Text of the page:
Agri Business

Rain deficit cut to 2%; fresh spell forecast

Vinson Kurian Thiruvananthapuram | Updated on August 16, 2011 Published on August 16, 2011

weather





An ongoing heavy spell in north-west and East India has cut back the rain deficit for the country as a whole to two per cent on Tuesday.

The deficit had reached six per cent after July ended up in the red to the extent of 14 per cent.

Monsoon flows have since bounced back smartly, bringing in back-up showers first in central India before cutting loose over west and north-west India.

The deficit in Gujarat, the worst affected after the monsoon played truant in the first phase, has since reduced drastically, and so too in central and east-central India.

The position is still weak over east and northeast India, apart from peninsular India. But a fresh spell of rains is expected over the west coast, central and north peninsular over the next week, according to an update from India Meteorological Department (IMD).

Global models too had hinted about this possibility from last week, signalling a flare-up along the south Andhra Pradesh coast, that translate into some rains for Vidarbha and Telengana as well.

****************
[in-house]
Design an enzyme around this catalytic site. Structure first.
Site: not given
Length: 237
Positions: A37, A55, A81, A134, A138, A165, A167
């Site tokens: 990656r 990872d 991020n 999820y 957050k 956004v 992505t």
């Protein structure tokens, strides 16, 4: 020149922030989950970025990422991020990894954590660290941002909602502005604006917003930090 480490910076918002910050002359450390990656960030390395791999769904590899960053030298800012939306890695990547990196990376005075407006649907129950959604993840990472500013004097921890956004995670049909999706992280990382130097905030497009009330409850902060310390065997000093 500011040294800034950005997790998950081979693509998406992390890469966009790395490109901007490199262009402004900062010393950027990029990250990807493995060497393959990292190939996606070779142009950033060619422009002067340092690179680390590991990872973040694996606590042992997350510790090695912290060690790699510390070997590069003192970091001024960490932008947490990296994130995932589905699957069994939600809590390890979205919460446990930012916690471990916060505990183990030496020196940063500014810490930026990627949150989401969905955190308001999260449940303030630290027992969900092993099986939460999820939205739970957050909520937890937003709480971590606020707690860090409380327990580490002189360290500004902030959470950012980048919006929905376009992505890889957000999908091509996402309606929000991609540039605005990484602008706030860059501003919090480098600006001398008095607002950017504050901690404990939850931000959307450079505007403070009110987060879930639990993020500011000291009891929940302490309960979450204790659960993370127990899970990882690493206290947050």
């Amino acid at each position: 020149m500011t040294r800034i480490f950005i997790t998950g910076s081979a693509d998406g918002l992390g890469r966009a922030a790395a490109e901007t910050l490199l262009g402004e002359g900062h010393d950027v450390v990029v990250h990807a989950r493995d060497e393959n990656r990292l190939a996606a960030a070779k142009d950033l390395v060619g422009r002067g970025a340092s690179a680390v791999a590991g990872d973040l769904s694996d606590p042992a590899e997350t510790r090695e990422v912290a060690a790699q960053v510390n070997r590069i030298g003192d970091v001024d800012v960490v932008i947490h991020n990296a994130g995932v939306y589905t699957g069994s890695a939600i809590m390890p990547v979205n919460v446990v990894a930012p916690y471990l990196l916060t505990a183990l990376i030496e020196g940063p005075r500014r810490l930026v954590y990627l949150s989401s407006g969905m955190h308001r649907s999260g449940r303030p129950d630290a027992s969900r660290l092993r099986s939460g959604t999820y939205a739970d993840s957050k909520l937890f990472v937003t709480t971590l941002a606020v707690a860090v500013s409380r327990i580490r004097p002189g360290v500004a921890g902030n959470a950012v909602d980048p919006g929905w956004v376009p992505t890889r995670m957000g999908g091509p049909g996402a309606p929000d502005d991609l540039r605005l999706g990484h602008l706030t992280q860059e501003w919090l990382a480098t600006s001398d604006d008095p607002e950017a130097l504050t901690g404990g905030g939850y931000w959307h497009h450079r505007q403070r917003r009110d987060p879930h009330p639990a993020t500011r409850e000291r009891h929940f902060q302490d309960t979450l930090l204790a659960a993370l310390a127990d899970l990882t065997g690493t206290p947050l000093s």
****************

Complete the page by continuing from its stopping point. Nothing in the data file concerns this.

If this were to happen, this would make for the best spatially distributed rain profile in the short-to-medium history of monsoons on show.

The IMD said that the interaction between a prevailing monsoon low-pressure area over Haryana and a western disturbance would continue to rain it heavily down over north-west India on Wednesday.

In fact, the “low” had caused the eastern end of the monsoon trough to shift to the foothills of the Himalayas. This is expected to bring heavy rains over east and north-east India over the next two days.

Active monsoon conditions over northwest and east India and freshly forecast rains across the west coast come in the background of friendly La Nina conditions having been predicted to return to the equatorial east Pacific.





Published on August 16, 2011
This article is closed for comments.
Please Email the Editor